(sponsored by Joseph and Arlene Ferrara) This Fragment of architectural sculpture is decorated one one side with a branch that generates open circles and ends with a cross. The Piece is fragmented: only the left ... Read more
(sponsored by Joseph and Arlene Ferrara)
This Fragment of architectural sculpture is decorated one one side with a branch that generates open circles and ends with a cross. The Piece is fragmented: only the left end and the back of the right side, which bears a traumatic crack, remain. The ruptured state of the piece prevents an understanding of the original form. Of the decorations, only a single spiral is intact. The entire piece was painted red as evidenced by the traces of red paint that remains consistent on the surfaces.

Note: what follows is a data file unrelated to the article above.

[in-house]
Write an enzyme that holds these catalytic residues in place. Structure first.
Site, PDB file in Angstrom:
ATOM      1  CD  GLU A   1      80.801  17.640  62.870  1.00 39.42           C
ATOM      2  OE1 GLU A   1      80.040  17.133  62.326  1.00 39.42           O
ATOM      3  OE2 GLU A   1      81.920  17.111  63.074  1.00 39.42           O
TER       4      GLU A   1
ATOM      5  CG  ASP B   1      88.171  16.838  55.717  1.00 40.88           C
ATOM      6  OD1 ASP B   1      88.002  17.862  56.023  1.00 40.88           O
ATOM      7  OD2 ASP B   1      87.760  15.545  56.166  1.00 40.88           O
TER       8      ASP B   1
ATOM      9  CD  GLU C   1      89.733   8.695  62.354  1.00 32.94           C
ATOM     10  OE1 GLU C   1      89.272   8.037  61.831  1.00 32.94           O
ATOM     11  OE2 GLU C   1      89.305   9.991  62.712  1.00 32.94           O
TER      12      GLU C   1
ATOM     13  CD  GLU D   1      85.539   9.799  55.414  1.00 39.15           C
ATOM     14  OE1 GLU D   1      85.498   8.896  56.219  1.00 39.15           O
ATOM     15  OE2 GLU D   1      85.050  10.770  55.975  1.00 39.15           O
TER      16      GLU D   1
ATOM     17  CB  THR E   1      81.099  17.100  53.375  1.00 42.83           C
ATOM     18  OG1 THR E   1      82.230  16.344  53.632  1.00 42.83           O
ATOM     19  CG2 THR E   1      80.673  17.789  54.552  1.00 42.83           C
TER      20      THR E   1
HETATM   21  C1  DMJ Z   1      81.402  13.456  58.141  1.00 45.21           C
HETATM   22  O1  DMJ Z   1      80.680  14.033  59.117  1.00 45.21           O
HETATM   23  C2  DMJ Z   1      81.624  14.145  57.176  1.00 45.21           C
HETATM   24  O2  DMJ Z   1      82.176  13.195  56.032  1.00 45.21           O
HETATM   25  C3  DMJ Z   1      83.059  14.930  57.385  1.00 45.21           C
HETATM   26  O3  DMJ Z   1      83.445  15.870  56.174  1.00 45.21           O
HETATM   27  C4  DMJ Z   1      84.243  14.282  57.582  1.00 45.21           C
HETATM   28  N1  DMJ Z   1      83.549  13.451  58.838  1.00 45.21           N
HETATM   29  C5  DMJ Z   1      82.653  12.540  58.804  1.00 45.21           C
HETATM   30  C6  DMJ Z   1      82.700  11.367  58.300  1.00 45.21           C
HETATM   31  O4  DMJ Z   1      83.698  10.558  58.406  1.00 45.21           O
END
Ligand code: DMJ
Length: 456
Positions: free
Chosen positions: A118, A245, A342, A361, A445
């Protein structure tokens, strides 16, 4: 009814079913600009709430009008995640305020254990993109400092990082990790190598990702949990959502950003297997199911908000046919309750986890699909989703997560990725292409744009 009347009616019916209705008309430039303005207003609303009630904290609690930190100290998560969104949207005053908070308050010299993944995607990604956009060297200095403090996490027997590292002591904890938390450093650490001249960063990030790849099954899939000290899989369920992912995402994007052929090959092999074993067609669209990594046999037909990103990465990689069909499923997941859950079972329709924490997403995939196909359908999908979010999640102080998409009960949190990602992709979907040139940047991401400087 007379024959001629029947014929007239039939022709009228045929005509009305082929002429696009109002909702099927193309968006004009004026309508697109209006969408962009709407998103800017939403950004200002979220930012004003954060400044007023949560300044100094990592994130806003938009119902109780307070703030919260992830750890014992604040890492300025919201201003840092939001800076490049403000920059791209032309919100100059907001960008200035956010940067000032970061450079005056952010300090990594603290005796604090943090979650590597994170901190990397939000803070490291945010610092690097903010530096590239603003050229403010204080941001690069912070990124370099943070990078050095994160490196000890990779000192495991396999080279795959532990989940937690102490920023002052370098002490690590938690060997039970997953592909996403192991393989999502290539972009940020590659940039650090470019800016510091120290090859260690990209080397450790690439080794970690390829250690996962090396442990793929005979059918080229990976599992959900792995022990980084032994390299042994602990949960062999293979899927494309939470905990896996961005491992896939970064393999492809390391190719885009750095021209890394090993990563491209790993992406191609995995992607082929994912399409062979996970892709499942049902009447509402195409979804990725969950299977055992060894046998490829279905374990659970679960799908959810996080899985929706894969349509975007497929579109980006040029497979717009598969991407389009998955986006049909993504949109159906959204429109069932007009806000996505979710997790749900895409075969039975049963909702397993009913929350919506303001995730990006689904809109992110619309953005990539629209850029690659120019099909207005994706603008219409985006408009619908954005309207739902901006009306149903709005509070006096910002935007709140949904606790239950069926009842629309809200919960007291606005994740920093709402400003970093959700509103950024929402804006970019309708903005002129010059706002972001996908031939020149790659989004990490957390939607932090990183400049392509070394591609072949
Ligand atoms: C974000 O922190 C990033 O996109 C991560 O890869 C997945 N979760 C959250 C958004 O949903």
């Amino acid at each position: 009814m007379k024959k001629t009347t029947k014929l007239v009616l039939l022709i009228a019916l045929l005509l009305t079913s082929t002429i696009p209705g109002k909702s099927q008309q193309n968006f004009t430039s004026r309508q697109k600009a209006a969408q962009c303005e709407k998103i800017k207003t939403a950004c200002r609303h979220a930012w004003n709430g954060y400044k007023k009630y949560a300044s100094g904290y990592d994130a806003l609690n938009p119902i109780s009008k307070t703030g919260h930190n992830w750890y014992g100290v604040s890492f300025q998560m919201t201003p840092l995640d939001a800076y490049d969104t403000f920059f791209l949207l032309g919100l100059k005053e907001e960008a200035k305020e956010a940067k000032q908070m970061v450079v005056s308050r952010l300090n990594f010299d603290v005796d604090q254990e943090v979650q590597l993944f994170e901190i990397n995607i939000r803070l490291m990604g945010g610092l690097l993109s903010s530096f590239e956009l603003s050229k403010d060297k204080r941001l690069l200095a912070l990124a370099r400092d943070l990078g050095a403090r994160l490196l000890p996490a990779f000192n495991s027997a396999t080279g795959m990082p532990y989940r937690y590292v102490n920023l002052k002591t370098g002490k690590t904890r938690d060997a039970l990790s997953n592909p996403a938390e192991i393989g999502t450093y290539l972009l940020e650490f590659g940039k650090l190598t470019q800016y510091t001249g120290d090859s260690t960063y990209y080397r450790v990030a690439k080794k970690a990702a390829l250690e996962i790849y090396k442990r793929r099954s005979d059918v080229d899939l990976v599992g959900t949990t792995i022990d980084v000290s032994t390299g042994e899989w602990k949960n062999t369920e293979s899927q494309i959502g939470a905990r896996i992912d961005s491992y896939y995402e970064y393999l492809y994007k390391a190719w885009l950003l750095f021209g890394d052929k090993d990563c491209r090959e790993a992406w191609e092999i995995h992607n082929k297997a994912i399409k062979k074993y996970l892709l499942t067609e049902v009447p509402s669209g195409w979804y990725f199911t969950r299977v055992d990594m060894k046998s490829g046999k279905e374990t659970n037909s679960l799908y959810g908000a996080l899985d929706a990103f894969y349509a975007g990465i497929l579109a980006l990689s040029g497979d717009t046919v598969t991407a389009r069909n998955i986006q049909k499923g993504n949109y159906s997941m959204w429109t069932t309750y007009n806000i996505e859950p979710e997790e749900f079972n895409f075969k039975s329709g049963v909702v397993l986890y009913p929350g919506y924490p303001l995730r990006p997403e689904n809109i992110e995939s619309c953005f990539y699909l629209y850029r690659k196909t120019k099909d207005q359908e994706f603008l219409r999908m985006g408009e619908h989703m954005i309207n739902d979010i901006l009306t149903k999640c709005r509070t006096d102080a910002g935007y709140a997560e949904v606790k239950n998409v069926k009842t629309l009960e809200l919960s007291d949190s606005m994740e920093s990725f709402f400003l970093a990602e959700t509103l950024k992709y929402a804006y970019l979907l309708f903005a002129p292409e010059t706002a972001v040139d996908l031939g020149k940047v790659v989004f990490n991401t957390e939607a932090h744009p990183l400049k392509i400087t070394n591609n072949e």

This piece is particular in both form and type of decoration; it is also rare due to the presence of the film of paint, which is likely original. The vine motif, that forms a circle ending in a cross that is inscribed in the circle itself, is present but very rare in the repertoire of early medieval sculpture (8th-10th Century). A more compelling comparison is that with a pillar on exhibition in the National Roman Museum-Crypta Balbi, from the Roman Forum ruins, dating to the first half of the 9th Century: although there the spirals are all the same size and the vines are broken and not as smooth as the Vatican work. Based on these considerations, the fragments can be dated between the end of the 9th and the beginning of the 10th Century.
Copyright 2020 - Illinois Patrons of the Arts in the Vatican Museums